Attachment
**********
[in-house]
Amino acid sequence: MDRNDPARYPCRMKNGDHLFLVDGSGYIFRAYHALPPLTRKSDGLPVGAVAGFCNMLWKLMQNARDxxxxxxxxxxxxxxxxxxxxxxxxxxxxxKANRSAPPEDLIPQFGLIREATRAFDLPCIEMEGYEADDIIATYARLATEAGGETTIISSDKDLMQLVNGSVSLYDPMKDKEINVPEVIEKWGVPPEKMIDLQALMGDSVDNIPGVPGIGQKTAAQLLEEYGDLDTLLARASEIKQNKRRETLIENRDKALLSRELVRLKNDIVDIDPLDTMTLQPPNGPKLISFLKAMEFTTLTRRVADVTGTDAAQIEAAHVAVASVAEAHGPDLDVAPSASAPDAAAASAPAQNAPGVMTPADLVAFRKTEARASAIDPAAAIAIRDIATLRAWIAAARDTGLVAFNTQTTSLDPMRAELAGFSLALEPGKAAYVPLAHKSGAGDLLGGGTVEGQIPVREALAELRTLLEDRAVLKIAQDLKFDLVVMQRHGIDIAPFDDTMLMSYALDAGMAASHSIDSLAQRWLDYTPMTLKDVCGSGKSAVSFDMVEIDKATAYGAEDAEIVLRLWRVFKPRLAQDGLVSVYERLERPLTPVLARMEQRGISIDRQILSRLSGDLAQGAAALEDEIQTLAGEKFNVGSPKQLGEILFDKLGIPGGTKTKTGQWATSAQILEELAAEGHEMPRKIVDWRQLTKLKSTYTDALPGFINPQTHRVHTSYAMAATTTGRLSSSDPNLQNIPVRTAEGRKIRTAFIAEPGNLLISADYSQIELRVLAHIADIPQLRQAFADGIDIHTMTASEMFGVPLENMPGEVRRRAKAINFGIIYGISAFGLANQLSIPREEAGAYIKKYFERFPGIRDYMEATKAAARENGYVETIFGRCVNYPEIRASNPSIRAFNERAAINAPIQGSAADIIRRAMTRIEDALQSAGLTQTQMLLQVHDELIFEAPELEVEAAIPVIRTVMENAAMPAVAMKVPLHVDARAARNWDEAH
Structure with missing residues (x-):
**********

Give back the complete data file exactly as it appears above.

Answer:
[in-house]
Amino acid sequence: MDRNDPARYPCRMKNGDHLFLVDGSGYIFRAYHALPPLTRKSDGLPVGAVAGFCNMLWKLMQNARDxxxxxxxxxxxxxxxxxxxxxxxxxxxxxKANRSAPPEDLIPQFGLIREATRAFDLPCIEMEGYEADDIIATYARLATEAGGETTIISSDKDLMQLVNGSVSLYDPMKDKEINVPEVIEKWGVPPEKMIDLQALMGDSVDNIPGVPGIGQKTAAQLLEEYGDLDTLLARASEIKQNKRRETLIENRDKALLSRELVRLKNDIVDIDPLDTMTLQPPNGPKLISFLKAMEFTTLTRRVADVTGTDAAQIEAAHVAVASVAEAHGPDLDVAPSASAPDAAAASAPAQNAPGVMTPADLVAFRKTEARASAIDPAAAIAIRDIATLRAWIAAARDTGLVAFNTQTTSLDPMRAELAGFSLALEPGKAAYVPLAHKSGAGDLLGGGTVEGQIPVREALAELRTLLEDRAVLKIAQDLKFDLVVMQRHGIDIAPFDDTMLMSYALDAGMAASHSIDSLAQRWLDYTPMTLKDVCGSGKSAVSFDMVEIDKATAYGAEDAEIVLRLWRVFKPRLAQDGLVSVYERLERPLTPVLARMEQRGISIDRQILSRLSGDLAQGAAALEDEIQTLAGEKFNVGSPKQLGEILFDKLGIPGGTKTKTGQWATSAQILEELAAEGHEMPRKIVDWRQLTKLKSTYTDALPGFINPQTHRVHTSYAMAATTTGRLSSSDPNLQNIPVRTAEGRKIRTAFIAEPGNLLISADYSQIELRVLAHIADIPQLRQAFADGIDIHTMTASEMFGVPLENMPGEVRRRAKAINFGIIYGISAFGLANQLSIPREEAGAYIKKYFERFPGIRDYMEATKAAARENGYVETIFGRCVNYPEIRASNPSIRAFNERAAINAPIQGSAADIIRRAMTRIEDALQSAGLTQTQMLLQVHDELIFEAPELEVEAAIPVIRTVMENAAMPAVAMKVPLHVDARAARNWDEAH
Structure with missing residues (x-):